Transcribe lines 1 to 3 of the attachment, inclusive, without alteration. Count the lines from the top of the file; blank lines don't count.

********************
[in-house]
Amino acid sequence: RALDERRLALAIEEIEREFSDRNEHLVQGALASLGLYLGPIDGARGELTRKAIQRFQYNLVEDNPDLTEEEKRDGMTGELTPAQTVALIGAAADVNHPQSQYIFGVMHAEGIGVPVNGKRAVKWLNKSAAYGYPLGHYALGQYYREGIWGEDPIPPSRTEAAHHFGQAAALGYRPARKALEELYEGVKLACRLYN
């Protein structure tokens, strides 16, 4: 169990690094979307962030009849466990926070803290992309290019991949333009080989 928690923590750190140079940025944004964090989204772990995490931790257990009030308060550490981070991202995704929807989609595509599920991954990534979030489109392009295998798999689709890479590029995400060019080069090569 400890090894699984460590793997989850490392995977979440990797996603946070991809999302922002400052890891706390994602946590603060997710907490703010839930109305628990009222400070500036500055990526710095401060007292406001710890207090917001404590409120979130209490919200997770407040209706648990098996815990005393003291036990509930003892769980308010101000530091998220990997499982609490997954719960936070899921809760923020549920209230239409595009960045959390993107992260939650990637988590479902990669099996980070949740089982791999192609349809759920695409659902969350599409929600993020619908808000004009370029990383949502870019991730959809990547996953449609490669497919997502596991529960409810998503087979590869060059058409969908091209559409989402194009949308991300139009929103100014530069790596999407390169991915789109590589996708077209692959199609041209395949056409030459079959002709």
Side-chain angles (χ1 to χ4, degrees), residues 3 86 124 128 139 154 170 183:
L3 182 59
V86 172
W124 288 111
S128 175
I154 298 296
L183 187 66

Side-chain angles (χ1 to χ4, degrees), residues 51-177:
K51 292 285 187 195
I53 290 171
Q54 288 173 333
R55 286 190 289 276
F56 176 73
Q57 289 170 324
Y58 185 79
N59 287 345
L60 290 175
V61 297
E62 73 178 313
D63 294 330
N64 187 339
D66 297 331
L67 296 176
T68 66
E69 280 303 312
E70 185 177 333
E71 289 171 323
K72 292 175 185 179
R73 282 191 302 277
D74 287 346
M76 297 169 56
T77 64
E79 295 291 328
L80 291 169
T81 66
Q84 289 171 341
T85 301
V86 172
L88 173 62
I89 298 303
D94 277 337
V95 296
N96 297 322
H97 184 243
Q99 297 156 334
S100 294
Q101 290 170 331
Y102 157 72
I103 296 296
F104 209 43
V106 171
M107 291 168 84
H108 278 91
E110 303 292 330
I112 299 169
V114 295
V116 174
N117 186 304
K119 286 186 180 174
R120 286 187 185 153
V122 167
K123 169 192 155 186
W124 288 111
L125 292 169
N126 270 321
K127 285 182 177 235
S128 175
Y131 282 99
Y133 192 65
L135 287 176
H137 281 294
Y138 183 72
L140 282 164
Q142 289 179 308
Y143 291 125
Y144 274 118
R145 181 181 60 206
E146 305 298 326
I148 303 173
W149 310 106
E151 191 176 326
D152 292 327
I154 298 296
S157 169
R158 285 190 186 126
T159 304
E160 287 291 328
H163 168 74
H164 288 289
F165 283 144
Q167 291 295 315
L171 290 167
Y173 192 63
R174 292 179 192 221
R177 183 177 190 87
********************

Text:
[in-house]
Amino acid sequence: RALDERRLALAIEEIEREFSDRNEHLVQGALASLGLYLGPIDGARGELTRKAIQRFQYNLVEDNPDLTEEEKRDGMTGELTPAQTVALIGAAADVNHPQSQYIFGVMHAEGIGVPVNGKRAVKWLNKSAAYGYPLGHYALGQYYREGIWGEDPIPPSRTEAAHHFGQAAALGYRPARKALEELYEGVKLACRLYN
């Protein structure tokens, strides 16, 4: 169990690094979307962030009849466990926070803290992309290019991949333009080989 928690923590750190140079940025944004964090989204772990995490931790257990009030308060550490981070991202995704929807989609595509599920991954990534979030489109392009295998798999689709890479590029995400060019080069090569 400890090894699984460590793997989850490392995977979440990797996603946070991809999302922002400052890891706390994602946590603060997710907490703010839930109305628990009222400070500036500055990526710095401060007292406001710890207090917001404590409120979130209490919200997770407040209706648990098996815990005393003291036990509930003892769980308010101000530091998220990997499982609490997954719960936070899921809760923020549920209230239409595009960045959390993107992260939650990637988590479902990669099996980070949740089982791999192609349809759920695409659902969350599409929600993020619908808000004009370029990383949502870019991730959809990547996953449609490669497919997502596991529960409810998503087979590869060059058409969908091209559409989402194009949308991300139009929103100014530069790596999407390169991915789109590589996708077209692959199609041209395949056409030459079959002709």